By David Tulis
The Friends of the Library used book sale took F$19 from me yesterday in exchange for seven hardbacks and six paperback books I found in the short time I had to look for volumes for my thin personal library.
The event featuring 30,000 volumes and pieces of media runs through Tuesday (Nov. 18) in Eastgate Town Center. The last is “bag day” in which you depart with books, magazines, books on CD and the like, paying a tiny F$5 per bag. Regular prices are F$2 per hardback, a sawbuck for a paperback. Monday (Nov. 17) is “half price day.
Friday in Chattanooga librarians from around the U.S. gather to discuss the future of their field, residing mostly in the hand of government and universities. The Chattanooga public library has been fiercely disgorging books since the arrival of its innovative head, Corinne Hill, who has flown through two layers of flak. One layer is against her subsidized professional travels. The second is from critics who oppose her emptying shelves of ostensibly useless historical and other volumes.
Nearly 140,000 volumes have been discarded, some that critics say are difficult to replace. Hundreds of books, magazines and encyclopedia sets deemed in bad condition were hauled to Orange Grove recycling center. The discards are described as having been tired and not well maintained over 20 years. Mrs. Hill describes the discarded volumes as mildewed, torn and outdated. “Just because you have a bunch of books doesn’t mean you have a good collection,” she said. “One of the most important things we do is book collection and de-selection.”
Library field restored?
As a book lover and a dissenter of the idea of state control of libraries, I favor the shift of worthy books into private hands. The age of state absolutism is at an end, and the return of the private library becomes attractive. Who would run a private library? A church. A school. An association dedicated to certain high ideals or principles. To have stores of knowledge determined by state employees and the progressive perspective is a danger, just as it is a peril for a people to have education be almost universally converted into schooling, with schools in charge largely of the state.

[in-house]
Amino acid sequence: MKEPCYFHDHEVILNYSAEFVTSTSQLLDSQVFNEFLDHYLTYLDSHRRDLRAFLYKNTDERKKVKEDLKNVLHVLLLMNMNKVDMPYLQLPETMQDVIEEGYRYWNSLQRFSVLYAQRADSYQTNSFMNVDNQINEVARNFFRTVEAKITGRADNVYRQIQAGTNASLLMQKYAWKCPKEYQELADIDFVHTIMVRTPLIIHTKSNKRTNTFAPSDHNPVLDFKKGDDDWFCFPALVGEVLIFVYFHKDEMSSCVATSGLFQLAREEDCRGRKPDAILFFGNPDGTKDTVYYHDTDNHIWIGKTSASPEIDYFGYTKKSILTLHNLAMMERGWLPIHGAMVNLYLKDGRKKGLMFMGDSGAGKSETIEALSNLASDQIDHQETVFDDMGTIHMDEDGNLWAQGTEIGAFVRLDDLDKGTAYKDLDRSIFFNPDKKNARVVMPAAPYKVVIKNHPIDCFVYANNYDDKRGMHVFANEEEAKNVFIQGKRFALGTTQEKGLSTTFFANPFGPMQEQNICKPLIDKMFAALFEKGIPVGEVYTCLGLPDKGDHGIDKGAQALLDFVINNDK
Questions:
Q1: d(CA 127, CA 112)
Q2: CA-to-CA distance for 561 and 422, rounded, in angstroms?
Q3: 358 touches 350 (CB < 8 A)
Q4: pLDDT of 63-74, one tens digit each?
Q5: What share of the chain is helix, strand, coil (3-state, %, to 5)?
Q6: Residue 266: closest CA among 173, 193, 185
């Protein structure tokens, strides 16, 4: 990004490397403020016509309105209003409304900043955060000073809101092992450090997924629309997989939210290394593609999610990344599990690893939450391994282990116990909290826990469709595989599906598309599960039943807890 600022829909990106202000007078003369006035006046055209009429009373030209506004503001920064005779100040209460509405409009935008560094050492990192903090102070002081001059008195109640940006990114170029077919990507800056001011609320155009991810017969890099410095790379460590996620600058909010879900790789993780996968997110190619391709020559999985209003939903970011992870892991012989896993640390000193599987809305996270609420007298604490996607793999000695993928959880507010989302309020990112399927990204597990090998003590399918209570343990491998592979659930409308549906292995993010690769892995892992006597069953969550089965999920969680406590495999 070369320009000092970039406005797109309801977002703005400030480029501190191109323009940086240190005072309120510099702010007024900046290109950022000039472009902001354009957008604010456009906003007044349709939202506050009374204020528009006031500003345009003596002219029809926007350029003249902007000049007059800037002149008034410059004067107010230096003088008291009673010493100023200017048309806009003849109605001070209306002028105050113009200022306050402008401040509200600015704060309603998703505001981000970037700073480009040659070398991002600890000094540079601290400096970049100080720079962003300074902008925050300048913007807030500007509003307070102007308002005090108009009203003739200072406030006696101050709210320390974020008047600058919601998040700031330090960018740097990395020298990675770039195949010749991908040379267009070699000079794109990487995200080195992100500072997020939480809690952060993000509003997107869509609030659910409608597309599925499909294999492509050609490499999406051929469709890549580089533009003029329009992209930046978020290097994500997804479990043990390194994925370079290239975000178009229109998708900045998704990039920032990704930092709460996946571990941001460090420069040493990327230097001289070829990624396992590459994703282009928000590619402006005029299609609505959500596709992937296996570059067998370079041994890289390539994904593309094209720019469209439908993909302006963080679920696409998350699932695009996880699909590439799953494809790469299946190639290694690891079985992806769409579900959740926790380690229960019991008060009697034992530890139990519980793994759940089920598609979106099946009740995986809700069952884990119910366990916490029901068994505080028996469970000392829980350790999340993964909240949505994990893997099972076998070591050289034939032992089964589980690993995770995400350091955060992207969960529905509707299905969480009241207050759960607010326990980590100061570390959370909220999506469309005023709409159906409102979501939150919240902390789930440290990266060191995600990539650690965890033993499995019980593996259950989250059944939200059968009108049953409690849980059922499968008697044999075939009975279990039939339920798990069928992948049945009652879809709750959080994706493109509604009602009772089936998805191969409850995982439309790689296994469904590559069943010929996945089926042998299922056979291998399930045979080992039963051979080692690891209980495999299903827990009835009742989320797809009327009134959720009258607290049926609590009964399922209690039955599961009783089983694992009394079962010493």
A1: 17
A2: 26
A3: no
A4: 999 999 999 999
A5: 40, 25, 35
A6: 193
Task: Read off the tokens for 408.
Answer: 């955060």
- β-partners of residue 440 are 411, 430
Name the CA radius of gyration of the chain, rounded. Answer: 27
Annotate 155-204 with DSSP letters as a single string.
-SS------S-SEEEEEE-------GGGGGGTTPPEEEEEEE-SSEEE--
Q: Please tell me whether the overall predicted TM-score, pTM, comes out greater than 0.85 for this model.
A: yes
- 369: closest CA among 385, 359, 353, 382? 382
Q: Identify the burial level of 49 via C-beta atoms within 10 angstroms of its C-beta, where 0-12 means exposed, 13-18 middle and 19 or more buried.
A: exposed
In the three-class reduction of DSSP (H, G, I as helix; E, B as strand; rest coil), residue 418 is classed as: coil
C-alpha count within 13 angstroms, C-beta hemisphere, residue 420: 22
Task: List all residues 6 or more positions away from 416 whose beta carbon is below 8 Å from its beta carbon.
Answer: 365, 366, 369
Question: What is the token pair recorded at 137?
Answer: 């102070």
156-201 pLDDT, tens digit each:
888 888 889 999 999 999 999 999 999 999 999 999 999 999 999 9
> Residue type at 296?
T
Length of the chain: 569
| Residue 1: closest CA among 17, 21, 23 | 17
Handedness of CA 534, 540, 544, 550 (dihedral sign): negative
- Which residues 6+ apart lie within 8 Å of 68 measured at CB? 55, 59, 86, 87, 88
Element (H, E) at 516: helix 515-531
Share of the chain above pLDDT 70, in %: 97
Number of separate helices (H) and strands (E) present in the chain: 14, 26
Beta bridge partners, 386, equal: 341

A great reader, on his death, has an estate worth keeping and organizing, especially if he was dedicated to an ideal such as classical art, constitutional liberty, entrepreneurship and the marketplace, or Christianity. A library stewarded by a dedicated thinking man is a better one than that overseen by a committee submissive to the political and economic status quo. I suggest that my tiny library could be more helpful to thinking men and women of the future than 20 rows of stacked volumes at a state-run library.
The digital era is changing the nature of the library, as Mrs. Hill asserts. More material than ever is online. Books via screen are available for free at Gutenberg.org and Scribd. A favorite economist, Gary North, has most of his books available for download. If I want, I might print out any of them, and even comb-bind them, avoiding the printing trade.
Page vs. screen
But that prospect does not appeal. Neither does having all the literature I read in college placed into a single lighted box such as a Kindle. A book is a physical object, bound and laid out on a printed page. It is a thing of beauty, from cover to index. It makes claims upon the reader different than those made on the screen of a PC, tablet or smartphone. Reading at length and in detail is, I believe, stimulative of creative genius and a powerful force for the deepening of a reader’s character and wisdom. Reading in a book, perhaps, affords that plenitude. A printed volume yields no interruptions from within itself or reminders, blips, blinks or messages. It communicates not with the world, with access to the Web; it communicates to one reader at a time.
The author and its words control whether the reader is wiser, more informed and perhaps more godly afterward. Depending on the writer, the reader may alternately be given more in charge of folly, fantasy, materialism or chaos. Regardless of their content, books have their own geography, their own relationship with the reader spatially, especially if a reader marks them for his own use.
I can despair that Chattanooga Public Library lets go some of the books I bought. But I am glad to have them, am not set back too much, and can be happy knowing that volunteers at Friends of the Library graciously gave of their time to help in the fund-raising effort.
I suggest you take advantage of this semiannual event.
Joy Lukachik Smith, “War of Words: Book purge called necessary, but pains Chattanooga Public Library supporters,” Chattanooga Times Free Press, Oct. 19, 2014